Nov. 14, 2017
Nov. 14, 2017
Originally published on Popsugar.
If it feels like your teacher friends sometimes can't stop talking about their jobs, consider that maybe they have a reason to be that passionate. While many of us complain about the mundane, repetitive elements of our 9-to-5s, teachers enter the classroom as leaders and have the opportunity to leverage their unique skills and creativity to oh, you know, change the world.
The classroom is undergoing a transformation—and that transformation is being led from the front of the class. That’s why would-be teachers are finding value in organizations that illuminate how the teaching profession is changing, and provide personalized resources and support, such as counseling, ways to explore whether teaching is right for them, and connections to certifications. To find out why teachers are so excited to share their work stories, we caught up with a couple of them to chat about life in the modern classroom. Pay attention, please...
Inquiry-based learning is the best thing to happen to education.
"Inquiry-based learning is the best thing to happen to education," says Spiro Gouras, a third-grade teacher in New York. "Our curriculum puts the access of knowledge in the hands of the student. The teacher does not simply deliver; rather, she focuses on the essential questions. The movement within a unit of work is guided by the students' questions and learning style. It works wonders."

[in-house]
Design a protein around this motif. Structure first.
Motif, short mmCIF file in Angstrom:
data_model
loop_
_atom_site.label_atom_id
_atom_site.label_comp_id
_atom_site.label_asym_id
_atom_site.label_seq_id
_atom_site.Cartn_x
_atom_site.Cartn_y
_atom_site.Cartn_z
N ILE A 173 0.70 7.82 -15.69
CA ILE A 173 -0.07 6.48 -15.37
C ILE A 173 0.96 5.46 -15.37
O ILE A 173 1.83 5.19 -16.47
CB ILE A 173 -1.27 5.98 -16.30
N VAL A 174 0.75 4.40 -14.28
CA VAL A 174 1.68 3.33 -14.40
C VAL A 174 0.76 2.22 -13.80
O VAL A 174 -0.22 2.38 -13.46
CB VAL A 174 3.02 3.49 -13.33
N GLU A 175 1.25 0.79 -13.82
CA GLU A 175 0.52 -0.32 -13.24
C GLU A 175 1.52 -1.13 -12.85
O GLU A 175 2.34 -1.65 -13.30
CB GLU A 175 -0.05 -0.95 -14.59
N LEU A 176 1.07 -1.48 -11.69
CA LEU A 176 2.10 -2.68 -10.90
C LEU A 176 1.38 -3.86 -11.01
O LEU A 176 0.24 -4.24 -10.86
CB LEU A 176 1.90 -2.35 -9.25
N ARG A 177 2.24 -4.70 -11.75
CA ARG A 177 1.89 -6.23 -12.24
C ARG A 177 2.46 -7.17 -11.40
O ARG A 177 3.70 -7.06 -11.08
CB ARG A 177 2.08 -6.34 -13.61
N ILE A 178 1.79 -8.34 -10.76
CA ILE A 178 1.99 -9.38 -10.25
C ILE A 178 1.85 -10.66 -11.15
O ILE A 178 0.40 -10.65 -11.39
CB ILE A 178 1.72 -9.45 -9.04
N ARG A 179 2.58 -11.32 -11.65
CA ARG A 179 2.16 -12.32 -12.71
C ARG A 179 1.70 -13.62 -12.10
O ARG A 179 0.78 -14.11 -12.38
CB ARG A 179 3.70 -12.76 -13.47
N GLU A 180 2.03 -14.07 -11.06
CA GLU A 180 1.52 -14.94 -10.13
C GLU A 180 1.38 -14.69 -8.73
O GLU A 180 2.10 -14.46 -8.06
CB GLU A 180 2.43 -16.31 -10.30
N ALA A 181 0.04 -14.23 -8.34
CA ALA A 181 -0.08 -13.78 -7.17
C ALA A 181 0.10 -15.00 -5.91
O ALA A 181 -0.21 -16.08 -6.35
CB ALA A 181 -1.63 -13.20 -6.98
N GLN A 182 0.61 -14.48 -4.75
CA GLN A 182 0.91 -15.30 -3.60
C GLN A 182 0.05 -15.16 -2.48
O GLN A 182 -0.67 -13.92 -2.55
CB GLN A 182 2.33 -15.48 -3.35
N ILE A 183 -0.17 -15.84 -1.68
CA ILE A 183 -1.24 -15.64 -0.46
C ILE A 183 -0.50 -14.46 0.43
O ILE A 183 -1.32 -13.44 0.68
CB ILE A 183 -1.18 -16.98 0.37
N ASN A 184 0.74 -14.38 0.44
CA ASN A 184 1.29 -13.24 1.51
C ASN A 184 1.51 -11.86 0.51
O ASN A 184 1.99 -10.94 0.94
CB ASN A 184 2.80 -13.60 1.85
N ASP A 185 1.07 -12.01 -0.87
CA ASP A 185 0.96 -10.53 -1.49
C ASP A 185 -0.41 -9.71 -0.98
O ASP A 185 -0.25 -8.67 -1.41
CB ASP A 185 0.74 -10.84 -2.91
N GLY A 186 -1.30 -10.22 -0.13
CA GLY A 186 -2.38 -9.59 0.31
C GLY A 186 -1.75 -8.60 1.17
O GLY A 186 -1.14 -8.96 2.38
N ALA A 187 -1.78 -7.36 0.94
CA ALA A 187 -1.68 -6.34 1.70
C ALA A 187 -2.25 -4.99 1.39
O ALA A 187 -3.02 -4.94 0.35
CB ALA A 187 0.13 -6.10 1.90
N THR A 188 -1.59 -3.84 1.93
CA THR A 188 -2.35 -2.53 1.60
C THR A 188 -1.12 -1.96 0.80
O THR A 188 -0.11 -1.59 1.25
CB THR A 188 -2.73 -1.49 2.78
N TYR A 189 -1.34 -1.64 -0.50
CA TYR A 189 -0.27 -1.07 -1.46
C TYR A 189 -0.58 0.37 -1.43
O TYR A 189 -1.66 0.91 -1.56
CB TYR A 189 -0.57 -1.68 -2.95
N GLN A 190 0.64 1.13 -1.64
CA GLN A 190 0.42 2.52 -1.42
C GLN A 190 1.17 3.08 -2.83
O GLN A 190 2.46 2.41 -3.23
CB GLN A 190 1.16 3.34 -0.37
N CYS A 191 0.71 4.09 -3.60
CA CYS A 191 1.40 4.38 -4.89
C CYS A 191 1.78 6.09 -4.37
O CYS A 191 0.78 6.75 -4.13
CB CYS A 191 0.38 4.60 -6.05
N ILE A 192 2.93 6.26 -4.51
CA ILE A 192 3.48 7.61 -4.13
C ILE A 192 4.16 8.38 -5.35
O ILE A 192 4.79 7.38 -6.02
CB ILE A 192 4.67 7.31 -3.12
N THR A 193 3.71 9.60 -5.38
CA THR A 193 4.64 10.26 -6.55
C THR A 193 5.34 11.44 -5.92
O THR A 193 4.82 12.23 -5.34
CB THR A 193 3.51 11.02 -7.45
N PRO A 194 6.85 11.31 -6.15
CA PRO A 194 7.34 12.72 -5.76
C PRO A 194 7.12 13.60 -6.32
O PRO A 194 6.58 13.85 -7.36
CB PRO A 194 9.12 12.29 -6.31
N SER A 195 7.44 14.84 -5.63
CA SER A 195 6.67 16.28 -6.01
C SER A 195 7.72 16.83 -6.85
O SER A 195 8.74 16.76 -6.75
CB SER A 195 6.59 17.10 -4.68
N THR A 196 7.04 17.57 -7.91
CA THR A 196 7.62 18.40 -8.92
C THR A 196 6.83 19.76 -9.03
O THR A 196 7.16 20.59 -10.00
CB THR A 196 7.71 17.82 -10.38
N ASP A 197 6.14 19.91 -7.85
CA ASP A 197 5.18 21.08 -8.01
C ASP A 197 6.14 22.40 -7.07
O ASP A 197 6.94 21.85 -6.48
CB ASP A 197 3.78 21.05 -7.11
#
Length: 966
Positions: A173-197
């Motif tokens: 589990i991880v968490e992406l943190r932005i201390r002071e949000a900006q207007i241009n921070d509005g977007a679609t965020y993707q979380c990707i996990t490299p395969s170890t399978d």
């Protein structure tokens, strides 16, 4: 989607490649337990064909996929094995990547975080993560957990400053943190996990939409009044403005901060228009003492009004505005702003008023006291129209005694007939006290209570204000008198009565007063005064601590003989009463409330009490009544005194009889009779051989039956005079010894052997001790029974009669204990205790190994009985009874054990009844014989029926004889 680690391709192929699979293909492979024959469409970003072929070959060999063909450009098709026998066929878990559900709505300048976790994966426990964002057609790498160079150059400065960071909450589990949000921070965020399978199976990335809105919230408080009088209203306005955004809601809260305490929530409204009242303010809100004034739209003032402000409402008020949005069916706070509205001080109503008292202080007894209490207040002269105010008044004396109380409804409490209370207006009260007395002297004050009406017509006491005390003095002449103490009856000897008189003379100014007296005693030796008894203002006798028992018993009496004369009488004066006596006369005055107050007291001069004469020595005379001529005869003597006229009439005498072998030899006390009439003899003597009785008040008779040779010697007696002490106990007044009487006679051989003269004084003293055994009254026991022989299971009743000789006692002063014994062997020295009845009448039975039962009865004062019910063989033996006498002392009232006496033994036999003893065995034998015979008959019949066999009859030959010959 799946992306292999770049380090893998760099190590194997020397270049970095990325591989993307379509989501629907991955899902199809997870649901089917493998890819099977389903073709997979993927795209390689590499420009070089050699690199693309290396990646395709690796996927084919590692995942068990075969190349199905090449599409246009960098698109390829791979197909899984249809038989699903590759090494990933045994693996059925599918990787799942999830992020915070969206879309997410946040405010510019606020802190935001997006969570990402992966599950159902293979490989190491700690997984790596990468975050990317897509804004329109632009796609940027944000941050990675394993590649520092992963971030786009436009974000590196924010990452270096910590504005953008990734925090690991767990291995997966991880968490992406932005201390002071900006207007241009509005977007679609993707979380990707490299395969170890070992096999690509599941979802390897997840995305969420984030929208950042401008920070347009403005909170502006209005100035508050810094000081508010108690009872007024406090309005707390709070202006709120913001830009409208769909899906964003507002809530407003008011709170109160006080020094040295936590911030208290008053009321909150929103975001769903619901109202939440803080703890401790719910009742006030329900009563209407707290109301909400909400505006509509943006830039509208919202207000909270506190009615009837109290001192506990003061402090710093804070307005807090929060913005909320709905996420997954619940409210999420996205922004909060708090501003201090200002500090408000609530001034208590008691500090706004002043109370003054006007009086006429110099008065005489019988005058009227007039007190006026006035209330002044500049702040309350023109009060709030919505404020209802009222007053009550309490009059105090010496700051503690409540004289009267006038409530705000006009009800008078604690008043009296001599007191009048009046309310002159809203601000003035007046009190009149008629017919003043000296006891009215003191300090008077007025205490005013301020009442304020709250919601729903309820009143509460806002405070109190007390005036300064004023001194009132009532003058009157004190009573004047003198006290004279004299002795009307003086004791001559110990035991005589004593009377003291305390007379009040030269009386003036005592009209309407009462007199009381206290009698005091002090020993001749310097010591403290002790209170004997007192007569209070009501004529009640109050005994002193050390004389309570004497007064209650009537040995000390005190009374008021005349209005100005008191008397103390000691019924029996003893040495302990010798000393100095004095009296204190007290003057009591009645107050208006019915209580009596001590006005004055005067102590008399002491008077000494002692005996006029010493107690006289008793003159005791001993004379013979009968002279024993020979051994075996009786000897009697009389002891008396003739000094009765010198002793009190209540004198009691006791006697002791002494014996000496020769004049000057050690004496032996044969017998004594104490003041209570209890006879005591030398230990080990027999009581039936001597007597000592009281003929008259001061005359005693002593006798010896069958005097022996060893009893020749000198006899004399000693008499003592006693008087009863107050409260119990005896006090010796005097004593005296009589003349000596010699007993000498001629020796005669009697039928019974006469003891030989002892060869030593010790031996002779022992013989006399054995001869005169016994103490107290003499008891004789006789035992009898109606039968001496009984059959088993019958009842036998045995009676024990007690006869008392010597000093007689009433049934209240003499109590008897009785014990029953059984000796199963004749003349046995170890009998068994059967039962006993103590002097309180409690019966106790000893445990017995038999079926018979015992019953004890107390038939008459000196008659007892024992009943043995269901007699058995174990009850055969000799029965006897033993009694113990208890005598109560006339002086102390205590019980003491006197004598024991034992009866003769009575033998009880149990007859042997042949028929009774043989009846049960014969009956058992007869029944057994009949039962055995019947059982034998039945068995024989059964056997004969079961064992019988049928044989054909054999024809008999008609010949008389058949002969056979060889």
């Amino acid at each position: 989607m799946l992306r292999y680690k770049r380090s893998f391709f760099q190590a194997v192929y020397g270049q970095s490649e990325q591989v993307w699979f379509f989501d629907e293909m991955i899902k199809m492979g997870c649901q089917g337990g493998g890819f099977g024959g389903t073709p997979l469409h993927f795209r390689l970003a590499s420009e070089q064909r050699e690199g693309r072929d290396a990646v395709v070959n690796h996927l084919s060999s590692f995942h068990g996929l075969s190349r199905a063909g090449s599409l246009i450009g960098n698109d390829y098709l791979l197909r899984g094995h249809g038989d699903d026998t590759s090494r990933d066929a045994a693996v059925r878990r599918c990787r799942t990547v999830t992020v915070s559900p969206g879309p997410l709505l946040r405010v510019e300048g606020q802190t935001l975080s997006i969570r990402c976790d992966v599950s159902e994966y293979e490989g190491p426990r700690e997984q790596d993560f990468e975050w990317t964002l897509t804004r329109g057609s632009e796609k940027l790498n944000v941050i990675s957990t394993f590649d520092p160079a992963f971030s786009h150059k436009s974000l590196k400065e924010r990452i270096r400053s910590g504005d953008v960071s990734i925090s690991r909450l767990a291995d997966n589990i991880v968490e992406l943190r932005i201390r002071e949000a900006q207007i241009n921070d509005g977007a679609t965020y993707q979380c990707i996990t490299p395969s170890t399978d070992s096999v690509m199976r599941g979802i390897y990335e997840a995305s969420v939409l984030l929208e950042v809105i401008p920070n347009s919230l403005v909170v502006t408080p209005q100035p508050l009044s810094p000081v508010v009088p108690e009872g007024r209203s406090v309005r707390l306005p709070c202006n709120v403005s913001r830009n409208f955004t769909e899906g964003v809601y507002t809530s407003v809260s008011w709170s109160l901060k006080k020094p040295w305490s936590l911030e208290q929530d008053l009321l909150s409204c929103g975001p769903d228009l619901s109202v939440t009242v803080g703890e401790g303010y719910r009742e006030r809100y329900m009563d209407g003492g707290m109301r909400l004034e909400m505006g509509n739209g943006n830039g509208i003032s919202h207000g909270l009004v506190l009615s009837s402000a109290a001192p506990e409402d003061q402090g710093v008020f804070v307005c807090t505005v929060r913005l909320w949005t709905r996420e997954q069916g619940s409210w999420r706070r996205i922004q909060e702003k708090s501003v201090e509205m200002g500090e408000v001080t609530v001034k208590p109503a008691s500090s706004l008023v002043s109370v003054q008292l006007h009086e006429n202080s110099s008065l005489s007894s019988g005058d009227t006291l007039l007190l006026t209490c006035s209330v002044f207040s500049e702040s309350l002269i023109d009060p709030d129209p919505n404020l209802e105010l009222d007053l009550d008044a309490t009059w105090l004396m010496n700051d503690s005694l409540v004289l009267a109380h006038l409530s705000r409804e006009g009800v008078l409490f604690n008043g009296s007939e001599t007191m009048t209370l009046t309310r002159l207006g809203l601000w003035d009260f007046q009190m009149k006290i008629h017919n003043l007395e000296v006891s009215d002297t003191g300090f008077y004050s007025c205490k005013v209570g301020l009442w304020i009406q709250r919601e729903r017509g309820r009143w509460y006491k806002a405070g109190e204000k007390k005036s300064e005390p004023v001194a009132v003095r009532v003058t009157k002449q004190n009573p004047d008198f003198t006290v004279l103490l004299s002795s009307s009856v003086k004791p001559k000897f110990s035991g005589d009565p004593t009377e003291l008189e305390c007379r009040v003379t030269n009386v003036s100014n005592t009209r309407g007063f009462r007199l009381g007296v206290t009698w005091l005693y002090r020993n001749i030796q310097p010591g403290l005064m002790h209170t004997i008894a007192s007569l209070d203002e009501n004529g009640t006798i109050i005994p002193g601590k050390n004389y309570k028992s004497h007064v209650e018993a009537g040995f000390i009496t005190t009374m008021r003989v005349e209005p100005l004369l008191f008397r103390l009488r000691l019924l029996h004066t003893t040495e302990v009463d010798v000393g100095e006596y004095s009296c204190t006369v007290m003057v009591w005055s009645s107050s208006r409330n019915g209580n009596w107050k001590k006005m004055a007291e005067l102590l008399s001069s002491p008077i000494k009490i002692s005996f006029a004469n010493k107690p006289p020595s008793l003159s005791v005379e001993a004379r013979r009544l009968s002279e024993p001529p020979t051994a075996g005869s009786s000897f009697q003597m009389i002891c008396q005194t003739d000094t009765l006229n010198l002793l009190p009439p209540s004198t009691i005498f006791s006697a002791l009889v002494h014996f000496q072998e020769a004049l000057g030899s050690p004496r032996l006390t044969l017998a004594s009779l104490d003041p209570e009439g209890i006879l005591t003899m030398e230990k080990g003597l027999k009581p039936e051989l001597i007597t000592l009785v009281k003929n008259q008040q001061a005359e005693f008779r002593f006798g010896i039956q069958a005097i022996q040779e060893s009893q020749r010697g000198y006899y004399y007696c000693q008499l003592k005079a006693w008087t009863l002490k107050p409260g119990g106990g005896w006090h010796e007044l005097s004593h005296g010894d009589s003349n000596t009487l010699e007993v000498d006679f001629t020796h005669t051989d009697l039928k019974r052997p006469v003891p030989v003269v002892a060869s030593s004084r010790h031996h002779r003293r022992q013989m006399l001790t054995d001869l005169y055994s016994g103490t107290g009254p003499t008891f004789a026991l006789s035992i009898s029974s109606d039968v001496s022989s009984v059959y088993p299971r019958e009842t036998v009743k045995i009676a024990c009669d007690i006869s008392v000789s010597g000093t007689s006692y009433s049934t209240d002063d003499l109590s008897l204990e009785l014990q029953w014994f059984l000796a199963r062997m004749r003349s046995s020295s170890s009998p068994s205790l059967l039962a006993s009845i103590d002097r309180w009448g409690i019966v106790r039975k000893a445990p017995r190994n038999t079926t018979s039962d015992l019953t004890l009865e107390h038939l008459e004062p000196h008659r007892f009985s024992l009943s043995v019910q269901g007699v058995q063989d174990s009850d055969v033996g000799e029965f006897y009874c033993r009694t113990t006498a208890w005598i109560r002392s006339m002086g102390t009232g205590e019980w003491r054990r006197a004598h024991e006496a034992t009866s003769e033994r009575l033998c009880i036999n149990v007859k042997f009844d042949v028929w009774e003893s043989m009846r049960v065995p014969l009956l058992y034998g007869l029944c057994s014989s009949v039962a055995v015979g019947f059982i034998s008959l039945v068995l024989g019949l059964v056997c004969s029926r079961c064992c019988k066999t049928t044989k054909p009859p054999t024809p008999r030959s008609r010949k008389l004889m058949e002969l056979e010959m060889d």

Project-based learning takes this concept even further, with students working for extended periods of time to solve real-world problems and challenges. Best of all, their theses can take just about any form. "For example, I am teaching a Shakespearean play," says Chelsea Fricker, a sixth-year English teacher in Virginia. "A music-loving student can make a soundtrack based off of the main character to demonstrate his conceptual knowledge of the curriculum. It will also give him the skills and knowledge to adapt, which is arguably one of the most important lessons someone can learn."
Teachers are a community
It takes confidence to stand in front of a class, never mind leverage the freedom, creativity, and increasing autonomy that teaching offers. But teaching comes with a strong sense of community, both inside schools and across the profession at large. That community is growing stronger, bringing new meaning to, "If you're stuck, ask the teacher!"
Just like teaching a child requires a village, as the saying goes, so does the institution of education.
"Just like teaching a child requires a village, as the saying goes, so does the institution of education," says Chelsea. "We need to go to more than just our principal for questions. Maybe a certain teacher has a lot of experience on a subject that I don't. In order to be a good teacher, you need to keep learning. And asking your colleagues for help will improve you."
More and more schools are formalizing this process through professional learning communities, where teachers learn from each other's areas of expertise. But there's no need to stay within the school walls to learn, listen, or share experiences. "We are seeing the rise of critical friends' groups where we solve dilemmas that our schools and districts have as a community," says Spiro. "We work with children all day and sometimes forget that we could use guidance from our peers."
Join the conversation
If you've thought about becoming a teacher—even if you don't know where to start—check out our roadmap quiz. It's an easy way to see if the profession might be right for you.
Still not sure? Find out why teachers have better work stories. You just might change your mind.
With a TEACH.org account, you'll have access to resources, experiences and connections to real teachers so you can discover what makes the career challenging, how it's changing, and how to navigate to success as a professional educator.